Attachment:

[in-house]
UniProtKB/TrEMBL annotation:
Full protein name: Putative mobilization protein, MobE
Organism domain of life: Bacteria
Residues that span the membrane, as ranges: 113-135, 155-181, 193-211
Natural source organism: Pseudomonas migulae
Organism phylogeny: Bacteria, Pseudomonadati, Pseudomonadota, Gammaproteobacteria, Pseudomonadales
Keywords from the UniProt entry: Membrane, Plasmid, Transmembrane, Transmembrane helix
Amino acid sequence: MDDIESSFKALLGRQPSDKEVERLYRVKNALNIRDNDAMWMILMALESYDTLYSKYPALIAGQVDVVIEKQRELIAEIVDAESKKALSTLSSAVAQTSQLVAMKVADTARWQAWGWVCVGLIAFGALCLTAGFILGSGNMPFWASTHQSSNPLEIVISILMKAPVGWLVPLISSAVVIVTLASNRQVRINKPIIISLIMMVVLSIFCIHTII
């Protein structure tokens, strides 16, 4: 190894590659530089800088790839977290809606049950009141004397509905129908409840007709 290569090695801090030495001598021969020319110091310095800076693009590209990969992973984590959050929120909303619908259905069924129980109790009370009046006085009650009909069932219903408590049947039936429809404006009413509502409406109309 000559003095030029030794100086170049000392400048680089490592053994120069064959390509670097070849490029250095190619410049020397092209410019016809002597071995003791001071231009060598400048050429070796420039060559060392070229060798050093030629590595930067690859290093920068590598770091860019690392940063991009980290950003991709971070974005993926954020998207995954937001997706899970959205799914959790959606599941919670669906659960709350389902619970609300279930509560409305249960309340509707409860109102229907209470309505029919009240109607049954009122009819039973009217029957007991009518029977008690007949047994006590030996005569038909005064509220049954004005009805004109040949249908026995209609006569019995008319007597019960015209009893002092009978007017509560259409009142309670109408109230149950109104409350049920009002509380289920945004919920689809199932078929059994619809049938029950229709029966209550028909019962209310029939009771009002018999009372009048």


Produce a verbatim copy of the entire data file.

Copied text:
[in-house]
UniProtKB/TrEMBL annotation:
Full protein name: Putative mobilization protein, MobE
Organism domain of life: Bacteria
Residues that span the membrane, as ranges: 113-135, 155-181, 193-211
Natural source organism: Pseudomonas migulae
Organism phylogeny: Bacteria, Pseudomonadati, Pseudomonadota, Gammaproteobacteria, Pseudomonadales
Keywords from the UniProt entry: Membrane, Plasmid, Transmembrane, Transmembrane helix
Amino acid sequence: MDDIESSFKALLGRQPSDKEVERLYRVKNALNIRDNDAMWMILMALESYDTLYSKYPALIAGQVDVVIEKQRELIAEIVDAESKKALSTLSSAVAQTSQLVAMKVADTARWQAWGWVCVGLIAFGALCLTAGFILGSGNMPFWASTHQSSNPLEIVISILMKAPVGWLVPLISSAVVIVTLASNRQVRINKPIIISLIMMVVLSIFCIHTII
């Protein structure tokens, strides 16, 4: 190894590659530089800088790839977290809606049950009141004397509905129908409840007709 290569090695801090030495001598021969020319110091310095800076693009590209990969992973984590959050929120909303619908259905069924129980109790009370009046006085009650009909069932219903408590049947039936429809404006009413509502409406109309 000559003095030029030794100086170049000392400048680089490592053994120069064959390509670097070849490029250095190619410049020397092209410019016809002597071995003791001071231009060598400048050429070796420039060559060392070229060798050093030629590595930067690859290093920068590598770091860019690392940063991009980290950003991709971070974005993926954020998207995954937001997706899970959205799914959790959606599941919670669906659960709350389902619970609300279930509560409305249960309340509707409860109102229907209470309505029919009240109607049954009122009819039973009217029957007991009518029977008690007949047994006590030996005569038909005064509220049954004005009805004109040949249908026995209609006569019995008319007597019960015209009893002092009978007017509560259409009142309670109408109230149950109104409350049920009002509380289920945004919920689809199932078929059994619809049938029950229709029966209550028909019962209310029939009771009002018999009372009048």